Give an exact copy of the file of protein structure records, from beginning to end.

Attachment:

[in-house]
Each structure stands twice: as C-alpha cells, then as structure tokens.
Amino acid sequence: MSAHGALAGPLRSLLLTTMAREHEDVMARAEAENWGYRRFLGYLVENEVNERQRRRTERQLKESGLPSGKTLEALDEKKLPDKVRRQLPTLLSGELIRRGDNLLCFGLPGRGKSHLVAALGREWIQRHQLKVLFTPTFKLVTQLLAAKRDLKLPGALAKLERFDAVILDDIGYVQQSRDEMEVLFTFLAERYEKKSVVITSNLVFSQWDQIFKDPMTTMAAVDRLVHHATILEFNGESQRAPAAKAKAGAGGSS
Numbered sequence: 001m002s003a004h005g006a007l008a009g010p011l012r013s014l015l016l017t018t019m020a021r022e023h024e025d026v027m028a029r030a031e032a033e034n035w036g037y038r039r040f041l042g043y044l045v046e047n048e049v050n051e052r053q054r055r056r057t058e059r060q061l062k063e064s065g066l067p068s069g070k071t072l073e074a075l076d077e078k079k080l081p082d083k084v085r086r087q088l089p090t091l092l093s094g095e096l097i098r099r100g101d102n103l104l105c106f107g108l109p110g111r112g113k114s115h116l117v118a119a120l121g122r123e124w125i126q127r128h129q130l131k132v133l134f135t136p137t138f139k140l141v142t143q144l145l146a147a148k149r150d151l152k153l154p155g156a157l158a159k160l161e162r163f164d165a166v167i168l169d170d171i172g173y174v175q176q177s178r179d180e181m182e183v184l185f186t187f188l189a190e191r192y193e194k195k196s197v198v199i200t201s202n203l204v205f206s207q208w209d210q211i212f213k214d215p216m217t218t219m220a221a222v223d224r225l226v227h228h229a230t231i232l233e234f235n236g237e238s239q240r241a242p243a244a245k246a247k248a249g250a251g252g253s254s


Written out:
[in-house]
Each structure stands twice: as C-alpha cells, then as structure tokens.
Amino acid sequence: MSAHGALAGPLRSLLLTTMAREHEDVMARAEAENWGYRRFLGYLVENEVNERQRRRTERQLKESGLPSGKTLEALDEKKLPDKVRRQLPTLLSGELIRRGDNLLCFGLPGRGKSHLVAALGREWIQRHQLKVLFTPTFKLVTQLLAAKRDLKLPGALAKLERFDAVILDDIGYVQQSRDEMEVLFTFLAERYEKKSVVITSNLVFSQWDQIFKDPMTTMAAVDRLVHHATILEFNGESQRAPAAKAKAGAGGSS
Numbered sequence: 001m002s003a004h005g006a007l008a009g010p011l012r013s014l015l016l017t018t019m020a021r022e023h024e025d026v027m028a029r030a031e032a033e034n035w036g037y038r039r040f041l042g043y044l045v046e047n048e049v050n051e052r053q054r055r056r057t058e059r060q061l062k063e064s065g066l067p068s069g070k071t072l073e074a075l076d077e078k079k080l081p082d083k084v085r086r087q088l089p090t091l092l093s094g095e096l097i098r099r100g101d102n103l104l105c106f107g108l109p110g111r112g113k114s115h116l117v118a119a120l121g122r123e124w125i126q127r128h129q130l131k132v133l134f135t136p137t138f139k140l141v142t143q144l145l146a147a148k149r150d151l152k153l154p155g156a157l158a159k160l161e162r163f164d165a166v167i168l169d170d171i172g173y174v175q176q177s178r179d180e181m182e183v184l185f186t187f188l189a190e191r192y193e194k195k196s197v198v199i200t201s202n203l204v205f206s207q208w209d210q211i212f213k214d215p216m217t218t219m220a221a222v223d224r225l226v227h228h229a230t231i232l233e234f235n236g237e238s239q240r241a242p243a244a245k246a247k248a249g250a251g252g253s254s